THERE’S MORE TO be celebrated Labor Day weekend than the last blast of summer and the coming of another autumn.

It’s time to celebrate working folks; not just the ones who own or manage businesses, but the ones who work for them.

Even Labor Day is a busy workday for those who bag groceries, work in restaurant kitchens, checkout customers at retail stores, bus tables, haul garbage, patrol our streets and highways, and defend our country.

They are the front-line workers who take our abuse when we don’t like their bosses’ policies or when the equipment malfunctions. They are the ones who often work combinations of jobs to make the rent or pay tuition or keep the children in sneakers and braces.

They are the ones who show up even when they don’t feel well, who stay as long as it takes to get the job done. Many will start counting the days this Labor Day until they’re laid off for the season.

Just because the world is more computerized doesn’t mean we should think any less of the blue-collar workforce. We need people who do manual labor as much as we need white-collar workers.

If your basement water drain is backing up, do you want a plumber or a website designer? If your vehicle breaks down on the highway, do you want the first guy to stop to be a mechanic or an attorney?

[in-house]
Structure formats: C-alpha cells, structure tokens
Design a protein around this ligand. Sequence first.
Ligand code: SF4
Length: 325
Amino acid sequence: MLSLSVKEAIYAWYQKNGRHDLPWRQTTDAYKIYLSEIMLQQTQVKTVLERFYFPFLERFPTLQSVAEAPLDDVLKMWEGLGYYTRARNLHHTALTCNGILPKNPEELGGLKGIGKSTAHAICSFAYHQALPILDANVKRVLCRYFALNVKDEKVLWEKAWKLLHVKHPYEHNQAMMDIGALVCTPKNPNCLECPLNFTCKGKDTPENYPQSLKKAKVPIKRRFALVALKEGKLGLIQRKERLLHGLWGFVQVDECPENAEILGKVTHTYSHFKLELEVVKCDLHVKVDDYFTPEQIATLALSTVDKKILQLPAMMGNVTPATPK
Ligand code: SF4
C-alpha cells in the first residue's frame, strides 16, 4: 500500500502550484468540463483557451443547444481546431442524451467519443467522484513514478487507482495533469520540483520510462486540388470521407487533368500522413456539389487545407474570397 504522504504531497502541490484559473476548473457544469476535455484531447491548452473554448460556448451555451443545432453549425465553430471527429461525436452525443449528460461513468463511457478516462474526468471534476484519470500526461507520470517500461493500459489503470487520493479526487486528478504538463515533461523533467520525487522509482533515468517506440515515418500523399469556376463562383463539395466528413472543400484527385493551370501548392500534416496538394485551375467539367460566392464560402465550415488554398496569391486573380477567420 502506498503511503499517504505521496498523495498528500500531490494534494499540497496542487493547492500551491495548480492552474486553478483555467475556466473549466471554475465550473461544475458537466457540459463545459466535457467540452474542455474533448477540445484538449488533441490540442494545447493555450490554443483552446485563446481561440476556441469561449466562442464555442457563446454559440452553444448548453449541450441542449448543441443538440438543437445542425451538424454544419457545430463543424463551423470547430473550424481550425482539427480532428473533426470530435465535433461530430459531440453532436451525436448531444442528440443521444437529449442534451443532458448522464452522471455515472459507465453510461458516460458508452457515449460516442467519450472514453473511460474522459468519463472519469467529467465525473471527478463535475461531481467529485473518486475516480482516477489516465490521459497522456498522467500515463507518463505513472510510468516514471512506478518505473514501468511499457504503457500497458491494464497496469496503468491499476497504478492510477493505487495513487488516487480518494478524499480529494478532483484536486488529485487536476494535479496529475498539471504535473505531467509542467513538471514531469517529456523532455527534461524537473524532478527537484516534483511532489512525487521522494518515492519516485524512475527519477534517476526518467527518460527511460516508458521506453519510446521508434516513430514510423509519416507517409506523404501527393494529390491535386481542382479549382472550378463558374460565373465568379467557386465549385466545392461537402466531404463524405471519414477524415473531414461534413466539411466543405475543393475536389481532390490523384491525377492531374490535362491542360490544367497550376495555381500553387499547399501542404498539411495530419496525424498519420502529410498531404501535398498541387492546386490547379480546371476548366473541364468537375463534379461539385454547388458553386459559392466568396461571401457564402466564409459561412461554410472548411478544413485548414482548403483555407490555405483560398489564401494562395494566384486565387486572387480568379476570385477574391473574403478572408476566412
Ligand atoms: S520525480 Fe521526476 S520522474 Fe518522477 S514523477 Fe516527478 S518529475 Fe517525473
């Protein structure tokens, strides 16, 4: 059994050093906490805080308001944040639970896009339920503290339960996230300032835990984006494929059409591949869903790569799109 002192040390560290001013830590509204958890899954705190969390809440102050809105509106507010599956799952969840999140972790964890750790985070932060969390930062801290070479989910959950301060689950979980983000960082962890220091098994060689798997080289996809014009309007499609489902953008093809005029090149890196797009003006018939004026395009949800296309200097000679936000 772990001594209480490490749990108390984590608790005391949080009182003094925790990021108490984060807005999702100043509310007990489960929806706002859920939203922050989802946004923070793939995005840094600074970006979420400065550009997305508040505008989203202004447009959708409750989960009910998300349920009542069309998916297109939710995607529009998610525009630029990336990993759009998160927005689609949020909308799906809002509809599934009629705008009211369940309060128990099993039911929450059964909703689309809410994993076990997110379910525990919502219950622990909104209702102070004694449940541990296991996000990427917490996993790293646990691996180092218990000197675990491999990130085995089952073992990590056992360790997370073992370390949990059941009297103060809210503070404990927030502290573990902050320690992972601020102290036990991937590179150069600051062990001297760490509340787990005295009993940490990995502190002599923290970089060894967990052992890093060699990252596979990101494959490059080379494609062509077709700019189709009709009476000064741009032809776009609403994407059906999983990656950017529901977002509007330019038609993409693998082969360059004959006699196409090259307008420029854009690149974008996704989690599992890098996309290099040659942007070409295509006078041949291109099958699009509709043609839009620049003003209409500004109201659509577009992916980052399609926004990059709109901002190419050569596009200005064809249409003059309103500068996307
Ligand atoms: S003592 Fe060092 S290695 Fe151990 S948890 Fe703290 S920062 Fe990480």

Would you rather be an unemployed carpenter or an “out of work” human resource manager? In real life, things break and wear out, so there’s always work for people who can either fix your old one or build you a new one.

You probably wouldn’t want the job of picking up other people’s garbage, stocking grocery shelves or fixing today’s high-tech cars and you really don’t want any of those choices as a career.

Why? Because they are not very glamorous or exciting jobs or so we think. The pay and benefits might not be very good, the working conditions aren’t ideal and the work itself tends to be monotonous, unless you take pride in your work.

The people who do those jobs are rarely called heroes or heroines. We found out otherwise last year during the pandemic. But they can be villains when they don’t do the work on time or when we want it done or as well as we want it done. Our economy works only because there are people willing to do the thankless jobs.

I’ll bet that if you asked your parents or grandparents about the various jobs they had over the past 20, 30, 40 or 50 years, they would talk for hours about them.

Many of those jobs no longer exist. They would recall things they liked and disliked about every job, and in each case, they would remember the lessons they learned and used in every succeeding job.

As you reminisce about previous work projects, you will feel good about each one of them, even if you did not like the work and would never do it again. No matter what kind of work you do, do it the best you can. If you give every task your best, the satisfaction will be your reward.

Remember, there is honor in all work. We may have many jobs over a lifetime. We may not have liked every job, but they taught us something. It might have been an appreciation for those who do that type of work.

We are products of our environment and our experiences. As we celebrate Labor Day, let’s remember that all work is honorable. Let’s recognize our friends and neighbors who help make our economic system the greatest on the planet.